But they, too, factor into the usability of your website —
- URLs show in the search snippet
- Well-written, easy-to-read URLs tell potential visitors what the page is about
- When URLs aren’t written well, they could be a turn-off and lose the click
- Search engines value a URL with descriptive text (vs numbers, special characters, etc.)
- If another site links to yours with the page URL, said URL acts as anchor text
With all that in mind, we write URLs that are easy to read while still explaining exactly what’s on that web page and adhering to other best practices for writing optimized URLs.
Suffice it to say we think good URL structure is important for users and search engines.
5) Goal Tracking
You can put all the search engine optimization techniques you want into place, but then what? If you’re not tracking the website’s performance, it’s pretty much all for naught. Marketing should never be based on guesswork!
To that end, every website needs to have some type of analytics code installed to be able to track visitor activity. There are two tracking platforms we insist on setting up on all our client sites:
- Google Analytics
- Google Search Console
Honestly, I’d rather have access to too much information than not enough, so you can pick and choose which data to monitor.
We’re huge fans of Google Analytics — namely because: it’s a free platform, you don’t need to be tech-savvy to set it up, and if visitors are doing it, you can track it with Analytics.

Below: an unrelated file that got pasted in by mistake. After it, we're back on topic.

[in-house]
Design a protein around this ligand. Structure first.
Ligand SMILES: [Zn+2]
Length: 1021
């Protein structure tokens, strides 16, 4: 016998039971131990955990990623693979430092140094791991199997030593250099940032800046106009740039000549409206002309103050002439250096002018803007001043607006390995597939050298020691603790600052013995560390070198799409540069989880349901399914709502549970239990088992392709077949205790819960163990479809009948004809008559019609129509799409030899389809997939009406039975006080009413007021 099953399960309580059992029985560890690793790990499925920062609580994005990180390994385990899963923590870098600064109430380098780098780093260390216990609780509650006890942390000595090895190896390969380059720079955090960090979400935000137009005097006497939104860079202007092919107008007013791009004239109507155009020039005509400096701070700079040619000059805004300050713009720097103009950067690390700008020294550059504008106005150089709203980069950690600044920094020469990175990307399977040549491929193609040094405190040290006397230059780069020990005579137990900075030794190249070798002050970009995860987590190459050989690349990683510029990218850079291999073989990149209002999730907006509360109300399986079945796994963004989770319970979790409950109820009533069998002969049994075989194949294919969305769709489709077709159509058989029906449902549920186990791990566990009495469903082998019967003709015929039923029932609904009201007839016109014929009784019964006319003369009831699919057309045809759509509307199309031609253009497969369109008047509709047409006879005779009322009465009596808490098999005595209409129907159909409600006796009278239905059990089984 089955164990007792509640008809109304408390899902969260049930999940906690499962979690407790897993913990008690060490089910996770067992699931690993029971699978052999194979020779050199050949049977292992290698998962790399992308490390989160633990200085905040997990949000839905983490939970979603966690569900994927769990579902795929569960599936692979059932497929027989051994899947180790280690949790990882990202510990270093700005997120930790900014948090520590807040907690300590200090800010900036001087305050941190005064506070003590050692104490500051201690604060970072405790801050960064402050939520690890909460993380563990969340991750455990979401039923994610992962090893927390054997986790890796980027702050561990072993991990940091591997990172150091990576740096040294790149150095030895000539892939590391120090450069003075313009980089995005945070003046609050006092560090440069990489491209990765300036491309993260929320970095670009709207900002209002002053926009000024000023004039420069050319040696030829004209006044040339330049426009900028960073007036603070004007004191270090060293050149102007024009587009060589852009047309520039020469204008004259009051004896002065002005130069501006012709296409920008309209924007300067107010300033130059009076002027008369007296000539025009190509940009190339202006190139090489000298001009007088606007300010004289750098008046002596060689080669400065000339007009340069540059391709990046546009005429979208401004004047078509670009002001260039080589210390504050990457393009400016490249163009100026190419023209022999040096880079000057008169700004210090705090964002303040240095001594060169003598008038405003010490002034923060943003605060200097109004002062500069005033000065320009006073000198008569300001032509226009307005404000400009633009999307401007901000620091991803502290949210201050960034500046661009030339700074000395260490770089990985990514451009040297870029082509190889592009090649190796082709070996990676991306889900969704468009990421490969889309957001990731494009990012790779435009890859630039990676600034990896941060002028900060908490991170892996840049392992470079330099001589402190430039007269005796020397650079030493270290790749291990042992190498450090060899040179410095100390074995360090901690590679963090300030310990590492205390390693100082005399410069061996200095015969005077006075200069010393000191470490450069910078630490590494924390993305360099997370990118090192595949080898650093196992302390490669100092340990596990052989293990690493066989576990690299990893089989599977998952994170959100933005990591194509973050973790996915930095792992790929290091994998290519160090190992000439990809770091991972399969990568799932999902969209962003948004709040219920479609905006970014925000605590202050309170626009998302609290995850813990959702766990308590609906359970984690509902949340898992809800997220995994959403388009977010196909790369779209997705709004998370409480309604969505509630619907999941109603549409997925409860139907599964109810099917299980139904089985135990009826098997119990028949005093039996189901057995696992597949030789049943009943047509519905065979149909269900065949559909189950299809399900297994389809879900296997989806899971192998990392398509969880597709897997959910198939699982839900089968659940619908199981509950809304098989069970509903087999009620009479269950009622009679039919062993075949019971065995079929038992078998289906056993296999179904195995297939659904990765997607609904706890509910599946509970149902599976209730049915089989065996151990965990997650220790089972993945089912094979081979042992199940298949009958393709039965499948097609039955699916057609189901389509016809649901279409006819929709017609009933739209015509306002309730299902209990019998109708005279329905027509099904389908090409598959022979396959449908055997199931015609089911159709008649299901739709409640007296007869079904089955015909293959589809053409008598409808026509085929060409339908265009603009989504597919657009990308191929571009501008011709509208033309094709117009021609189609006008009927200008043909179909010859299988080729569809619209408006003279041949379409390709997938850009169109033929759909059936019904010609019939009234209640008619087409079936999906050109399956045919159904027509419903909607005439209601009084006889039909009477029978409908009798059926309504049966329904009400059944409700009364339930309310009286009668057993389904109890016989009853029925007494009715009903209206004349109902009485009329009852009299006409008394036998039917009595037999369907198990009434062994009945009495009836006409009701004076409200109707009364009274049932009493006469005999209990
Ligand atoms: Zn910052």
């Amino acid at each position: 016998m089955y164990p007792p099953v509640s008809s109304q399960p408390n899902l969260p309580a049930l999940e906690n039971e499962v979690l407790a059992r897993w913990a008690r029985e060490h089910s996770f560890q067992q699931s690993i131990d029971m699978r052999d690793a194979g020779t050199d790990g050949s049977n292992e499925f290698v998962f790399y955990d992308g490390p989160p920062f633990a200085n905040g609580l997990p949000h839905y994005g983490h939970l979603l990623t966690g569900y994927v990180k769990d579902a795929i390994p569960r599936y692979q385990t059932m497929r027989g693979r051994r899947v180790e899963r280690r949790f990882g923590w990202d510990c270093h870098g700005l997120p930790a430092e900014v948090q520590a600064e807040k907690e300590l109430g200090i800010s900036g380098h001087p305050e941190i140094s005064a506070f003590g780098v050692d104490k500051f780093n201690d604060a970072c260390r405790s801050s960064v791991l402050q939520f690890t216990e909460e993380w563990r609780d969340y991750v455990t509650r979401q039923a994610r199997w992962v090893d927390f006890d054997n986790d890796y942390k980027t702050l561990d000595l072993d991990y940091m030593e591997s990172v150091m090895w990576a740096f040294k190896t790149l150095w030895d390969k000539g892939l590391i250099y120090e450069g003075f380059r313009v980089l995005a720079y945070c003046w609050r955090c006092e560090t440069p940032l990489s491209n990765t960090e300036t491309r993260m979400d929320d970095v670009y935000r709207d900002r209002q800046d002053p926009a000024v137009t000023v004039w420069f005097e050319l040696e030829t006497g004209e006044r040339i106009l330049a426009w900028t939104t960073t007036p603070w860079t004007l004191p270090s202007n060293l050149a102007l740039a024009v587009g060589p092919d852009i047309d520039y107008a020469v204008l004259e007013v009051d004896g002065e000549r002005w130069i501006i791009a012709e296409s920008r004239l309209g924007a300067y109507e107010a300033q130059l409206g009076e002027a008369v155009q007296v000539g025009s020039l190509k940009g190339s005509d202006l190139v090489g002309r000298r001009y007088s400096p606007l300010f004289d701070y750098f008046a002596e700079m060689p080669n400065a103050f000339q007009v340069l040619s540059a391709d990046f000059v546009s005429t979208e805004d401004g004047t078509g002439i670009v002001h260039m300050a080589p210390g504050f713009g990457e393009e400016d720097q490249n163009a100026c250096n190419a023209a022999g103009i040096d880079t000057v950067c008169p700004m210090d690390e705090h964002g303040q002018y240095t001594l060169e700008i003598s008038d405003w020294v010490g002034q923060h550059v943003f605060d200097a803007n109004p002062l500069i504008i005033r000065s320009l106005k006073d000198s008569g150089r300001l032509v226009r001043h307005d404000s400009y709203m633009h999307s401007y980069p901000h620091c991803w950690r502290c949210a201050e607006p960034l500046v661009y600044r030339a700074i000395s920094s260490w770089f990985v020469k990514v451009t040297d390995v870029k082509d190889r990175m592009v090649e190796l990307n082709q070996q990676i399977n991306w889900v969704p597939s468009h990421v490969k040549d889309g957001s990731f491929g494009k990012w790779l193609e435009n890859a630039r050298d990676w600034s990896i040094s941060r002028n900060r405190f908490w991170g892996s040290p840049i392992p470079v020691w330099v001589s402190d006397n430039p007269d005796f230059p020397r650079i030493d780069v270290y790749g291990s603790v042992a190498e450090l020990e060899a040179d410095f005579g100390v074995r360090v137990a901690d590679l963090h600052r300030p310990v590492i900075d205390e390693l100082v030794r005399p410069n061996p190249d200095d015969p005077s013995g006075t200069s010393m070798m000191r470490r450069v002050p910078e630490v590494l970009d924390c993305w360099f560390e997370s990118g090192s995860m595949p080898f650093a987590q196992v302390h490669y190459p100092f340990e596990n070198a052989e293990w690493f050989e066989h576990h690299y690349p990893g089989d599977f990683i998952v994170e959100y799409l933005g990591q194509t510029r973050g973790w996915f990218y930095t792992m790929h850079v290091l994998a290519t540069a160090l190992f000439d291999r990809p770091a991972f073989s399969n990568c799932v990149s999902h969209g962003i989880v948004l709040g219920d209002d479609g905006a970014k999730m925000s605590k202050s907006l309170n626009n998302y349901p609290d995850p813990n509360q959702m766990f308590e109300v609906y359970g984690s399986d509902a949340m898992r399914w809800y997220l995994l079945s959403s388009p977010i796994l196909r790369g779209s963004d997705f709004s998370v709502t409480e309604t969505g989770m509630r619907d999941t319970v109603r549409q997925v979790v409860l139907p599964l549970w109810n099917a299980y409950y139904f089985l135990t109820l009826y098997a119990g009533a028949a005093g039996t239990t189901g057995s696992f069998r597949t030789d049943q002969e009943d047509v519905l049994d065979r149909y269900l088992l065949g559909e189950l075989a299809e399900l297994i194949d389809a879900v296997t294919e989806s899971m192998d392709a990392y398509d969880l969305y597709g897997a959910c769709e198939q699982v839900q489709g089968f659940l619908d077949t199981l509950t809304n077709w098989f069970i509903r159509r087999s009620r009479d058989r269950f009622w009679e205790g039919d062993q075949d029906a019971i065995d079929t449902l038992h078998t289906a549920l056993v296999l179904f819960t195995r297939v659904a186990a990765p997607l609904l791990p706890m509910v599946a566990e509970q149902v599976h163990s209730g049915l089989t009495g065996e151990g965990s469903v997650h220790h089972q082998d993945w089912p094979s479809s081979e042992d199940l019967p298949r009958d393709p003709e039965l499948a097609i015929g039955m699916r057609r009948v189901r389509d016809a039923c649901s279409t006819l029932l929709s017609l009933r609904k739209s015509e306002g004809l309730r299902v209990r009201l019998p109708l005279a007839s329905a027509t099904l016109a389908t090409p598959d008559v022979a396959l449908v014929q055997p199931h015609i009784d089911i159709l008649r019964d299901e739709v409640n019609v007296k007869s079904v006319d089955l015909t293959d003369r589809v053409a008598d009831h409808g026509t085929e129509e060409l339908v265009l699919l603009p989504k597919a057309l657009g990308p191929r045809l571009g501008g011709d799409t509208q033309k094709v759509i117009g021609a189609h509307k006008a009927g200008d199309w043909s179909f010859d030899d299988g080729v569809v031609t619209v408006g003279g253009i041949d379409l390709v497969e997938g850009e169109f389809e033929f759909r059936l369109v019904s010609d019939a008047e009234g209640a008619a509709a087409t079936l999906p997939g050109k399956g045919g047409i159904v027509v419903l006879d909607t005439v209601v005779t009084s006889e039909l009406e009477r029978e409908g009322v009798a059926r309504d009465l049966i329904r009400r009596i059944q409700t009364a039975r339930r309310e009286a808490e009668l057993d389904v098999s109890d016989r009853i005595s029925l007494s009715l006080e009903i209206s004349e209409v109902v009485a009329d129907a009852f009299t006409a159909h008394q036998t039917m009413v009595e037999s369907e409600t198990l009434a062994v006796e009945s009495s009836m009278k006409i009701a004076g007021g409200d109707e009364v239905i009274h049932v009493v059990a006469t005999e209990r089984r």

It’s not enough just to install Google Analytics to monitor a website’s performance; you need to properly set up goals, too — from the get-go; not 6 months after you’ve optimized a website.
Before the website’s even built we know the main goals of our client, so we track those objectives and make tweaks and adjustments as necessary to continually strive to do better.
Google Search Console
Google Search Console — previously Google Webmaster Tools — is an under-utilized tool. Most people focus on the data from Google Analytics, but the information within the Search Console can be just as beneficial.
For example, since late 2011 Google Analytics no longer shows query data in the keyword reports, i.e., the dreaded “not provided”:
Bummer, especially since I mentioned keywords are at the core of content, and content pleases users, and all that.
What you can do instead is turn to Google Search Console for (some of) this information. It doesn’t include all of the data, but it’s a useful guide. Plus, you can see the majority of your website’s impressions in Google, along with which queries are generating clicks.
So, since we monitor both Google Analytics and Search Console data, we can parse together the keyword/query data to let our insurance clients know what’s working for them.
SEO is an important aspect of any website. Whether you’re working with independent insurance agents or any other professional services business, optimizing the site to capture the ideal visitors is paramount to its success.
To that end we like to focus on a few key search optimization elements:
- Optimized content that incorporates keywords the audience understands
- Well-written <title> tags, meta descriptions and Schema markup to make the search snippets as relevant and helpful as possible
- Internal linking strategy coupled with topical backlinks to help boost a site’s credibility
- Good usability, including mobile-friendliness, quick loading and readable URLs
- Analytics data — Google Analytics and Google Search Console to monitor each website’s performance
And, one mustn’t for get that “SEO is a process; not an event.” That is, it’s not a set-it-and-forget-it type of marketing tactic (truthfully, though, which ones ever are???). So what we do is put all these best practices into place, but we continually monitor and adjust as needed to enhance a website’s search engine performance.
To all of our current — and future!!! — insurance agency clients: rest assured we use all the tools at our disposal to ensure your website works its best for you.